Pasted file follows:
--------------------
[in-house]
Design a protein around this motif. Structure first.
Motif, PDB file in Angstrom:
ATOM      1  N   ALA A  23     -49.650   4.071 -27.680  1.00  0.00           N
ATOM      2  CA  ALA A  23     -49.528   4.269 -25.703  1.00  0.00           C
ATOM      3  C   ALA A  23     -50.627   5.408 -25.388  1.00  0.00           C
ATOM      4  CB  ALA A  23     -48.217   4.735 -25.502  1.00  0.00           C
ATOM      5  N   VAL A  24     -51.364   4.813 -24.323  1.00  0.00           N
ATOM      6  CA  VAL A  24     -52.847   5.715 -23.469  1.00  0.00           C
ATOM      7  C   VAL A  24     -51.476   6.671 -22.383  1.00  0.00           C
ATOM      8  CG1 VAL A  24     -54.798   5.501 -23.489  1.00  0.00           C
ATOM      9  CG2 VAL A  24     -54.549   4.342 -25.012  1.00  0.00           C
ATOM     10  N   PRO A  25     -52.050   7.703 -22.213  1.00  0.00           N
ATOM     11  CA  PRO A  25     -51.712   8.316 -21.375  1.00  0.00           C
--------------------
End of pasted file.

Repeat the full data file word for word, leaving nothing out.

[in-house]
Design a protein around this motif. Structure first.
Motif, PDB file in Angstrom:
ATOM      1  N   ALA A  23     -49.650   4.071 -27.680  1.00  0.00           N
ATOM      2  CA  ALA A  23     -49.528   4.269 -25.703  1.00  0.00           C
ATOM      3  C   ALA A  23     -50.627   5.408 -25.388  1.00  0.00           C
ATOM      4  CB  ALA A  23     -48.217   4.735 -25.502  1.00  0.00           C
ATOM      5  N   VAL A  24     -51.364   4.813 -24.323  1.00  0.00           N
ATOM      6  CA  VAL A  24     -52.847   5.715 -23.469  1.00  0.00           C
ATOM      7  C   VAL A  24     -51.476   6.671 -22.383  1.00  0.00           C
ATOM      8  CG1 VAL A  24     -54.798   5.501 -23.489  1.00  0.00           C
ATOM      9  CG2 VAL A  24     -54.549   4.342 -25.012  1.00  0.00           C
ATOM     10  N   PRO A  25     -52.050   7.703 -22.213  1.00  0.00           N
ATOM     11  CA  PRO A  25     -51.712   8.316 -21.375  1.00  0.00           C